“I bless thee that, in all the outward circumstances of life, thou hast dealt bountifully with me; that thou hast given me, not indeed great talents and endowments, but a sound mind and enough force of understanding for the performance of my duties; that thou hast placed me in a reputable station, given me a good business, fair health, competence; in short, that in these things I am more prosperous than many that deserve them better; that if not placed on the hill, I am not cast down into the valley. In my family I have been happy. Severe afﬂictions have come; some of those most dear to me have been snatched away in the dawn of their days, and one is lately gone whom I unceasingly deplore; but he is gone to his God; he is in peace; he is an inhabitant of those mansions prepared by thine Almighty power for those who love thee. Then hast thou not rescued me from a thousand perils, from temptations, from sins? Can I not respond to the thanksgivings of the Psalmist (Psalm ciii. 1-5). Am I not within reach of great spiritual advantages? I thank thee, O Lord, that thou hast led me to read my Bible, and hast supplied me with thy Spirit while I read, so that my heart and mind have been ﬁxed on the power of prayer, on the inﬂuence of the Spirit, on the mercies of my God, on the deliverance of mankind through a blessed Saviour. Yes I thou hast offered to me that ‘living bread which cometh down from heaven,’ and giveth eternal life to those who feed on it. Thy mercies, in truth, have been to me abundant and innumerable, as the leaves of the forest, as the sands of the sea. Benignant and bountiful hast thou been to me all the days of my life, and may it please thee evermore to be so, to continue to bless me in body, in mind, in estate, in pursuits, in family, in friends, in business, in prayer, in meditation, in thankfulness for the visible mercy of God, and in the atonement of Christ.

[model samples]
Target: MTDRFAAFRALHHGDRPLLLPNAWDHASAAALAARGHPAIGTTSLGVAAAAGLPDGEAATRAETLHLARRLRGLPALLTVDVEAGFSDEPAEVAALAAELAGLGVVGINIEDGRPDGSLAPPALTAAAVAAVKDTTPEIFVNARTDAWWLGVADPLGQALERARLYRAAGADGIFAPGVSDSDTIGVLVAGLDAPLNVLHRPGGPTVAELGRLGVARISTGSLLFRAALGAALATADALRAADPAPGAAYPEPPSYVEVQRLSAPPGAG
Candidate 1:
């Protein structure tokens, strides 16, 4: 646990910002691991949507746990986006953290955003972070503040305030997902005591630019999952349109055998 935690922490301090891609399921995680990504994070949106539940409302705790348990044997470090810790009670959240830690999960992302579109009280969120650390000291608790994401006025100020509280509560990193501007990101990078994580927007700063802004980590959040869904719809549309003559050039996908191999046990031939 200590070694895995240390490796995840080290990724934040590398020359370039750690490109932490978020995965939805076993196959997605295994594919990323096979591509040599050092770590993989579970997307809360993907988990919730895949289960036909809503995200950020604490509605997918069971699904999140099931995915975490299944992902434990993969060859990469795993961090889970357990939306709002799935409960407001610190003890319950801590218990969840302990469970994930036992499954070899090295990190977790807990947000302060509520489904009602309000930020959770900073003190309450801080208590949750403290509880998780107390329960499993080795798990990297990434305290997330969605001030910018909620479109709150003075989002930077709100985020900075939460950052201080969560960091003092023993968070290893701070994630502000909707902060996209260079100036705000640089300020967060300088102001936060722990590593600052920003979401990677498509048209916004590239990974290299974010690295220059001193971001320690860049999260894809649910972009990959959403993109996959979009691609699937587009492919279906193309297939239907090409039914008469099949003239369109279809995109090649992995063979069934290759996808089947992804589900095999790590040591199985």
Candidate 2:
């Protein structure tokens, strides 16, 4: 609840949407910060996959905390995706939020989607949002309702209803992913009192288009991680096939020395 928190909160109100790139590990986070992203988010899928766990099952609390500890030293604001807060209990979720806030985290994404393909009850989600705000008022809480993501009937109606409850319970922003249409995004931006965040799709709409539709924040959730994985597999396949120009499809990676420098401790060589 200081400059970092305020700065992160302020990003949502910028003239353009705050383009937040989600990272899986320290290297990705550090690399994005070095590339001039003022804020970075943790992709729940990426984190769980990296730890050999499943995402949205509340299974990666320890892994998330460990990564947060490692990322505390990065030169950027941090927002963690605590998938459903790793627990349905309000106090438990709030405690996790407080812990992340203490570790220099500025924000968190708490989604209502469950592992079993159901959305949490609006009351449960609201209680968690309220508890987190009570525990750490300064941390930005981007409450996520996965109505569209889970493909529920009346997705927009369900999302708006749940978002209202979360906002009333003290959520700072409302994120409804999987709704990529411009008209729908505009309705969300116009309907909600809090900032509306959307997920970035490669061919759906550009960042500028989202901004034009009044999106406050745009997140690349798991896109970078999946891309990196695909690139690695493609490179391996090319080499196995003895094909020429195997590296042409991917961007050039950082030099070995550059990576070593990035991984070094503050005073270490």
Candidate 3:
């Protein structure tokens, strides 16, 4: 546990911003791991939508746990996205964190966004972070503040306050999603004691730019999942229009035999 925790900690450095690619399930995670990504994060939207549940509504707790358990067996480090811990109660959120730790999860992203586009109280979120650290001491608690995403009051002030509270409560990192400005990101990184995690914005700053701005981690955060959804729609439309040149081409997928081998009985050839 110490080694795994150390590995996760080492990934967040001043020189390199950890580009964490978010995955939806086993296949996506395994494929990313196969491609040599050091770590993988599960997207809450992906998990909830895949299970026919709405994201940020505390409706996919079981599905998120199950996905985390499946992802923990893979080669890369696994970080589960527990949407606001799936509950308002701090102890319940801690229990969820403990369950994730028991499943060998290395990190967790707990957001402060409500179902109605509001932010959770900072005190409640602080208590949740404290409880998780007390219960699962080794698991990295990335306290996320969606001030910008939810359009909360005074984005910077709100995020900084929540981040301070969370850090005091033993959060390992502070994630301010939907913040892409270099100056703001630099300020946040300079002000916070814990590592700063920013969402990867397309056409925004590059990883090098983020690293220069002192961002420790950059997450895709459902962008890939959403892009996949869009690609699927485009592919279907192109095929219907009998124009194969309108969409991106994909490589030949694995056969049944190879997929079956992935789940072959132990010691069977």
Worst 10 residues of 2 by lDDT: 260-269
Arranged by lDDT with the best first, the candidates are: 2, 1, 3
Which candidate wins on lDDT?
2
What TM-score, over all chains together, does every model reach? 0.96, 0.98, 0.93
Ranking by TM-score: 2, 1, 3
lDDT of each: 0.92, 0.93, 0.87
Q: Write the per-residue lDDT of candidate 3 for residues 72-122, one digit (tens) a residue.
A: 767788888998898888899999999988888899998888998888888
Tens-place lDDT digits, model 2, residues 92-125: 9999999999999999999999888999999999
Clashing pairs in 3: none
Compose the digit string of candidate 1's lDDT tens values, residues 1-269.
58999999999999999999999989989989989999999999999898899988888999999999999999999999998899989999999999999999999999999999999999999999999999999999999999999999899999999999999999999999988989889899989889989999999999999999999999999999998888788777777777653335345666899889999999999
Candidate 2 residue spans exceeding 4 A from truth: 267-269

“We stand now in a peculiar crisis; though I am not troubled with care, or depressed with apprehension, there is reason for alarm. It is, both in private and public matters, a time of trouble, and I have good reason to seek thee with earnestness of supplication in this perilous period. As for public matters, have I not reason to turn steadfastly to Him who can shield us from dangers, however imminent and however terrible? Last week the Bristol riots prevailed, and the same spirit may spread through the country. In this neighbourhood the incendiary has been briskly at work. Last night the news arrived that the cholera had really commenced its ravages in England; and to-morrow a meeting of the working classes is to take place in London. Storms seem gathering in every direction, and the tempest may soon break upon my own house. Assist me then, O Lord, to prepare for events which may so soon approach. Let my house be planted on a rock which shall stand ﬁrm in the buffetings of the winds and the waves. O my God, I feel that there is no security, save the perfect security which belongs to thee. Vain is the help of man; folly is his wisdom; feebleness his strength; but in entire unshaken conﬁdence I desire to commit and commend to thee myself, my family, my friends, my neighbours, my country.
“Give us wisdom to act aright; preside over our councils; lead us to the right path, and to do the right thing. Let thy Spirit be poured forth upon us in rich profusion, prepare us for outward danger by inward grace. Teach us that no real calamity can befall us if we are in the hands of our God, that we are safe under the shadow of His wings. Give us the spirit of true prayer, and let it abide with us; and if death be coming, ‘in the hour of death and in the day of judgment, good Lord deliver us,’ for the sake of our blessed Redeemer, Christ Jesus.”—Sir Thomas Fowell Buxton